Malaysian Yumpies Just Wanna Have Fun
Breakdancing at last year's Asian X-Games
Helmi Ghaffar sits at a table at Chinos, a smart bistro near Malaysia's gigantic Petronas twin spires. A Heineken in front of him, he wears a white Ralph Lauren button-down shirt, Calvin Klein blue jeans, Gucci loafers and is oozing Armani cologne. Across from him, his girlfriend, Zubaidah Hashim, is nursing a glass of red wine in the afternoon sun. Clad in a shocking pink tank top and white MNG hot pants, she rummages through her little Louis Vuitton bag. "It's time to upgrade my mobile phone," she says.
Helmi and Zubaidah are new young, urban, Malay professionals—yumpies for lack of a better word. They represent a problem for Malaysia's leading ethnic party and leader of the ruling coalition United Malays National Organisation (UMNO), but perhaps a promise for the country itself. They regard UMNO and politics itself as irrelevant.
This is the generation that grew up in a booming economy, watching YouTube and listening to Britney Spears and Korean pop. They skateboard, rollerblade and even ice-skate. The 60-year-old atrocities under the Japanese occupation of World War II, the Communist insurgency of the 50s and the race riots of the 60s that haunted their parents and grandparents are simply words in their history texts. The New Economic Policy, an affirmative action program put in place to benefit ethnic Malays after bloody 1969 anti-Chinese race riots, has been successful to an extent. Today, despite the fact that inequalities exist, different ethnic groups are better represented in the professions. Nonetheless, the emerging Malay middle class feels short-changed by the NEP as it is universally known.
"I just want to earn more money. Even with my degree, I couldn't find an office job," says 22-year-old Suraya Hamzah, another ethnic Malay, who graduated with an engineering degree from the US last year. Now she is making ends meet with a medley of odd jobs, including working as a waitress and operating her own food stall. "I'm lucky I've relatives in KL (the capital, Kuala Lumpur) and they drive me around. If not, I'm not sure how I'll survive." Asked about her thoughts of Malay supremacy, she said, "I feel so embarrassed."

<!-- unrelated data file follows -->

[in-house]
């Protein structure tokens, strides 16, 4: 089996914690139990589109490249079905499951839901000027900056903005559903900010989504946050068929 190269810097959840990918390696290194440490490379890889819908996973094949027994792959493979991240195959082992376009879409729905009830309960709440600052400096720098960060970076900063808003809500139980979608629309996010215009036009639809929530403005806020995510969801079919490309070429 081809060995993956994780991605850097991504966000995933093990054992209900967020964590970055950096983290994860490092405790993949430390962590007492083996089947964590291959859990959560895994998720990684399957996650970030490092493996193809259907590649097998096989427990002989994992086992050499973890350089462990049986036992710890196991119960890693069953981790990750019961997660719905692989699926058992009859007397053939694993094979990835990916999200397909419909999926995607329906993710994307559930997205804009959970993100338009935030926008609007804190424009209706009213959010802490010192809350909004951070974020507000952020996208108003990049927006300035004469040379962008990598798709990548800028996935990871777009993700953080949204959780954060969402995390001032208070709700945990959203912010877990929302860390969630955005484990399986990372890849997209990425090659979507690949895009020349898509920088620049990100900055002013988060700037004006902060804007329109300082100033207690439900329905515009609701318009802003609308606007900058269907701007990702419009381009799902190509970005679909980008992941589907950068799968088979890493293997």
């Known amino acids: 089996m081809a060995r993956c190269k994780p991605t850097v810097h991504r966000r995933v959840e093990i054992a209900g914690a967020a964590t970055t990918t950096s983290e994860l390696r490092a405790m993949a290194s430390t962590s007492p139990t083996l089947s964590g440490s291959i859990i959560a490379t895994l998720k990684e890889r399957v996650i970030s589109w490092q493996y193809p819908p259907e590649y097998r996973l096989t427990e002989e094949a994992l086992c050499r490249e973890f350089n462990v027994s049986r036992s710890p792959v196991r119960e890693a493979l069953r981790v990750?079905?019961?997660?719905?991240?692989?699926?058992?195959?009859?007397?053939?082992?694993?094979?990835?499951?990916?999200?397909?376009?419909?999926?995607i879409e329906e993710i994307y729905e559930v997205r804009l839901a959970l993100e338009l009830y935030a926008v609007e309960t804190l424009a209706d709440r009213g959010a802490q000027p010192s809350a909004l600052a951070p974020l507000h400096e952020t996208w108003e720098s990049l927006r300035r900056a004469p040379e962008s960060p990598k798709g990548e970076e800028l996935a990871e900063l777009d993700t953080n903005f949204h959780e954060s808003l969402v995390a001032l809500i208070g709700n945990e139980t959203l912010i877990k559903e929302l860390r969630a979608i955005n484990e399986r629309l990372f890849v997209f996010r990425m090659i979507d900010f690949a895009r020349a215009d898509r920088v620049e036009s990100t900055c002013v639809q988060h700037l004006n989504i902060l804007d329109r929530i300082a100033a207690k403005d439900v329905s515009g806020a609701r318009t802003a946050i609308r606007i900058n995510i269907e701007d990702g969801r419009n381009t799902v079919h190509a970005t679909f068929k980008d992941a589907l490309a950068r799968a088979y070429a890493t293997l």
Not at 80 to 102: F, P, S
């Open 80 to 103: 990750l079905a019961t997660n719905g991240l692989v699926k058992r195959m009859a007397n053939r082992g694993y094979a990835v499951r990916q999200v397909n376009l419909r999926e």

In the National Youth Survey conducted by the Merdeka Center last August, Malaysia’s young people are most concerned about the economy (31 percent) and social problems (25 percent). On a personal level, career (33 percent), family (20 percent) and education (11 percent) are most important. They regard the most important election issues as the state of the economy (28 percent), government commitment to its promises (20 percent), the education system (15 percent) and ethnic peace and relations (14 percent).
"Yumpies" hang out at a popular nightclub over the weekends.
UMNO’s preoccupations rank far below these issues. Only 4 percent and 2 percent respectively say the implementation of programs to assist Malays and the primacy of Malays are their most important election issues. Race and religion also linger on the bottom rungs.